YORK TIMES, December 21, 2001~Ken
Fredericks Freiser Gallery
one of the more interesting professional eccentrics
to troll the margins of the mainstream, combines
wacky pop-style comedy and erotically transgressive
surrealism. In the more recent efforts in this
selection of works from the last three decades,
Mr. Gianakos focuses on female figures cobbled
together like surrealist exquisite corpses,
from down-market cartoons.
He subjects his found images to photomechanical
processes, producing blotchy linear pictures
on glued-together sheets of paper. With areas
of brushy white and off-white paint, the tabloid-size
collages have an old, distressed look, as though
they had been exhumed from some moldy basement
of the mind.
The female subjects have animal heads, faces
floating in soup bowls and breasts, buttocks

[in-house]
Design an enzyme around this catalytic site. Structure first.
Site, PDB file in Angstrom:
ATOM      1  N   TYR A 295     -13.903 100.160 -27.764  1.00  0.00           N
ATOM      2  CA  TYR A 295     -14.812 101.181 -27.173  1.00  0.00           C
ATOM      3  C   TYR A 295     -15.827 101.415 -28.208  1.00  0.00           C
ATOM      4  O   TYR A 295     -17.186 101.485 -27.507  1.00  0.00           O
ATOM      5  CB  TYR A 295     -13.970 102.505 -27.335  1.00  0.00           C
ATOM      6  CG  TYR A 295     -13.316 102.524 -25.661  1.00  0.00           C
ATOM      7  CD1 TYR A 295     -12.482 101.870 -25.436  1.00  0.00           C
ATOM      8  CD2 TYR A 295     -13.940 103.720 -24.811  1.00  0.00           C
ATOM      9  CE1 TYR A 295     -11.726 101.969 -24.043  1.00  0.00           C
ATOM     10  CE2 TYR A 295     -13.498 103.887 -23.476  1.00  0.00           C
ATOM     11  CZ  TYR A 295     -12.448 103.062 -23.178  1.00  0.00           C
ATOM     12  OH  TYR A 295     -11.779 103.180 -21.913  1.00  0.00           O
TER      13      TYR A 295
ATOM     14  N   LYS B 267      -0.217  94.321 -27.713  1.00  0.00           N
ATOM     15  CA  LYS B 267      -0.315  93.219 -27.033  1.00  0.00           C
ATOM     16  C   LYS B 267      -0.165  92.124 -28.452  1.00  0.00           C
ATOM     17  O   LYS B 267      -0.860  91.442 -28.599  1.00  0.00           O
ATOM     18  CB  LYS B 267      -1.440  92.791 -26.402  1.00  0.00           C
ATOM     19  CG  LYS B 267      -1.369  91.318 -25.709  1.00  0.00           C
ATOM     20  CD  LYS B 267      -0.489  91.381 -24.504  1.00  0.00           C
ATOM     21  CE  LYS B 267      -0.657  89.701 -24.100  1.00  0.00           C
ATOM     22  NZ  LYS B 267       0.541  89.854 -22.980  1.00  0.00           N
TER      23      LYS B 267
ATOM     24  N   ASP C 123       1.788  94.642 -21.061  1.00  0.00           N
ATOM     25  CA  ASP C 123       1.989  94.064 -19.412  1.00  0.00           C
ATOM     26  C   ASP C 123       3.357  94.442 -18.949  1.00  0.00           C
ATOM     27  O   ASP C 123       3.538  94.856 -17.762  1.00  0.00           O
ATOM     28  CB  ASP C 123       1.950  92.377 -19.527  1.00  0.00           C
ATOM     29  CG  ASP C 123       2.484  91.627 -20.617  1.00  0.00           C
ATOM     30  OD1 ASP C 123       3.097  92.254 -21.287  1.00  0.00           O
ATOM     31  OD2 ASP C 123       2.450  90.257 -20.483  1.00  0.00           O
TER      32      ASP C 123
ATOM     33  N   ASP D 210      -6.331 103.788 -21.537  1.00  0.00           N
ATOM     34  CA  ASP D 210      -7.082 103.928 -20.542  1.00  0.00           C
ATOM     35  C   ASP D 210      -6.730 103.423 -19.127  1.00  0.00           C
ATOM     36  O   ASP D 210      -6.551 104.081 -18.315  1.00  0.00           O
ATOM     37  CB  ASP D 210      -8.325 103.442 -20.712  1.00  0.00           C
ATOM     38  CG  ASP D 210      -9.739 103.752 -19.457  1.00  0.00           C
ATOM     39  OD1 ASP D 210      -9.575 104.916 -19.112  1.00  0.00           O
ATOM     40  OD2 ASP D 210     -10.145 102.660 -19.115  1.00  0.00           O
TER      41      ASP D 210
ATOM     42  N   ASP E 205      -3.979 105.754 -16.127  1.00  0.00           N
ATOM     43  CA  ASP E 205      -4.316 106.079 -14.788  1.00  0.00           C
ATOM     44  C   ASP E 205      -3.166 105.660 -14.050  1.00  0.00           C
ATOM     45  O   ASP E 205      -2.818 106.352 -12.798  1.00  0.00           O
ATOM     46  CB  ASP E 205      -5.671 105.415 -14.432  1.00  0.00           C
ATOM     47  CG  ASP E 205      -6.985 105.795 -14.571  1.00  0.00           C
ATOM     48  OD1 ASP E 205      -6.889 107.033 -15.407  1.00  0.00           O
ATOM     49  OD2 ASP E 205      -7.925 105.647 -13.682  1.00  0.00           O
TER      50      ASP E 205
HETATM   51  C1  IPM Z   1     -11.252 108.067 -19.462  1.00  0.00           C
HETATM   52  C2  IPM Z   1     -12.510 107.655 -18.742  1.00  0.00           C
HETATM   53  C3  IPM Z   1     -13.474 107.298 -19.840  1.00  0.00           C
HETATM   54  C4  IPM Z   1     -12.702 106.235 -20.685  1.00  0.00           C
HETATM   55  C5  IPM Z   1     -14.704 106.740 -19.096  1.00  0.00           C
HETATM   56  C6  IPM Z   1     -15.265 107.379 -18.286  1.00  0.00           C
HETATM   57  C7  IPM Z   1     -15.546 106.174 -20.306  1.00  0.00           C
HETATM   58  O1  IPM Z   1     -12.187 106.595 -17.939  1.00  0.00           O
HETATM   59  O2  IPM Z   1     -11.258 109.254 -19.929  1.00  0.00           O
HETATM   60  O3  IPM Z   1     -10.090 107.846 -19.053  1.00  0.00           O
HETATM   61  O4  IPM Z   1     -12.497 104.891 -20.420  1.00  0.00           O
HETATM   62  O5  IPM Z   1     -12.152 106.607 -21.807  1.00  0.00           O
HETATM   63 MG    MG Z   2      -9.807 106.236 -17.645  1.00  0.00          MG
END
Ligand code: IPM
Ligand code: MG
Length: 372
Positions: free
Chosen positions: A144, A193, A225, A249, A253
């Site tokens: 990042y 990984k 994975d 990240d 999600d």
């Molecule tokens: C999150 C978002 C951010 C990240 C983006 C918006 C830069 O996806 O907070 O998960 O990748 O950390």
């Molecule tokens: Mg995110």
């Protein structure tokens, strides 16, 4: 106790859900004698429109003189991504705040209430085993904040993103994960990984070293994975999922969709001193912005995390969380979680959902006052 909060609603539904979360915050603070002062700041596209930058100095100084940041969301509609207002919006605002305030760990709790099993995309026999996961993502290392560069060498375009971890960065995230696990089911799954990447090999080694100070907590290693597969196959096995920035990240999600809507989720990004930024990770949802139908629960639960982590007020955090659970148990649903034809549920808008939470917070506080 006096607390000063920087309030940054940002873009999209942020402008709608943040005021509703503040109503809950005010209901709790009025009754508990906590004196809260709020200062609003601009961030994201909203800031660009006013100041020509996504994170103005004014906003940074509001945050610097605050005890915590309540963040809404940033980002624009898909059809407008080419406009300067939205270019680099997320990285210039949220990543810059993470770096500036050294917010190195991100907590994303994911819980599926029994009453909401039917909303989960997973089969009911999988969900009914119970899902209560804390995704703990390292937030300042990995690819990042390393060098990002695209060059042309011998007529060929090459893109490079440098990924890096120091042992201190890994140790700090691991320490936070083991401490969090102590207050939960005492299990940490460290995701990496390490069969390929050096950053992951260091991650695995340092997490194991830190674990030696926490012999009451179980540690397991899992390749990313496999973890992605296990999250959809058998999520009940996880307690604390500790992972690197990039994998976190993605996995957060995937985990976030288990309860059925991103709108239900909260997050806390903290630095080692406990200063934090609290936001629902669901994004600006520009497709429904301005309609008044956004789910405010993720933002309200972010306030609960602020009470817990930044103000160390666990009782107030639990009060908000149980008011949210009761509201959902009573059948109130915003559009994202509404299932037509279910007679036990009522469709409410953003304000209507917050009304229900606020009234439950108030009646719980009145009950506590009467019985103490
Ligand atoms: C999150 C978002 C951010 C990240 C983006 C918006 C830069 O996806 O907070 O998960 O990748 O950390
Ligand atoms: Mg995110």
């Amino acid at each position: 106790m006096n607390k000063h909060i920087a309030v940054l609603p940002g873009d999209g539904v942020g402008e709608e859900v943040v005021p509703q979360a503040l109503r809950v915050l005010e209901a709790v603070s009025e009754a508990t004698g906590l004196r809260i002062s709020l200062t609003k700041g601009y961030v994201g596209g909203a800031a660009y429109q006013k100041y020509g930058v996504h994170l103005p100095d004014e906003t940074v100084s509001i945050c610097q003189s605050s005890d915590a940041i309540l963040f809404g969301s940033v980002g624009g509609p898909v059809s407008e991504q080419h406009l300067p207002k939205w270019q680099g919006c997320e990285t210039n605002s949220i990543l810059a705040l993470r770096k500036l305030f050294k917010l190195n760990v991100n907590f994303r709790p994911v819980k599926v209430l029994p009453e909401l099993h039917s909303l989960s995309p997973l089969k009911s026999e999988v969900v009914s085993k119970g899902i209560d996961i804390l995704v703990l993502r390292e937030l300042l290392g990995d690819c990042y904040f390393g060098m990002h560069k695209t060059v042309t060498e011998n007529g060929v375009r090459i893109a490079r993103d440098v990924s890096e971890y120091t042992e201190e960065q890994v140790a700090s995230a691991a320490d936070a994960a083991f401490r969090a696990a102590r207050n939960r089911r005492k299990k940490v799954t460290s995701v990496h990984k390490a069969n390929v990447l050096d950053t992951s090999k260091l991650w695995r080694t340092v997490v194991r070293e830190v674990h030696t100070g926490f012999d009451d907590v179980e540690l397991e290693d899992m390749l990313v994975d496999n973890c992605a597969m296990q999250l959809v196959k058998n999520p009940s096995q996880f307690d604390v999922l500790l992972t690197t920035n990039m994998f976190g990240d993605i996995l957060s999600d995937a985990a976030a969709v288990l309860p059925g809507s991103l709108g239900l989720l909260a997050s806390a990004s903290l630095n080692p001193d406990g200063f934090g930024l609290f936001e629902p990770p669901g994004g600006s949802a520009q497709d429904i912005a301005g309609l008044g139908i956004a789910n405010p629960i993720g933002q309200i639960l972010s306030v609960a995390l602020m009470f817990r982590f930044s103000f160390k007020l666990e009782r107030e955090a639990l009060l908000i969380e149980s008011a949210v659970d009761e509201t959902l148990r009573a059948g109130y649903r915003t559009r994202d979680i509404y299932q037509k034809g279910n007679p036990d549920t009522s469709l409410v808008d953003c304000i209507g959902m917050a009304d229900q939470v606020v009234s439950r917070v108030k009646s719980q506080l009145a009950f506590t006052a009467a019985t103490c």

and legs from different sources, disjunctively
joined. One is being gynecologically probed
by an octopus; another in sexy lingerie has
crawled under the Victorian desk of a gourd-headed
businessman. Though assembled from fetishized
parts, the women in these pictures are less
objects of desire than of anxiety; they might
be personifications of the artist’s own
creatively disturbing unconscious.
Coming out of the familiar
surrealist tradition, Mr. Gianakos’ women
are not completely surprising. Some of the show’s
least predictable pictures are not about sex.
One small canvas from 1982, for example, depicts
in white on black three boys laughing at a big
jug-eared fellow; its title, “Village
Idiot” refers to a role that certain cannily
perverse contemporary artists like to play.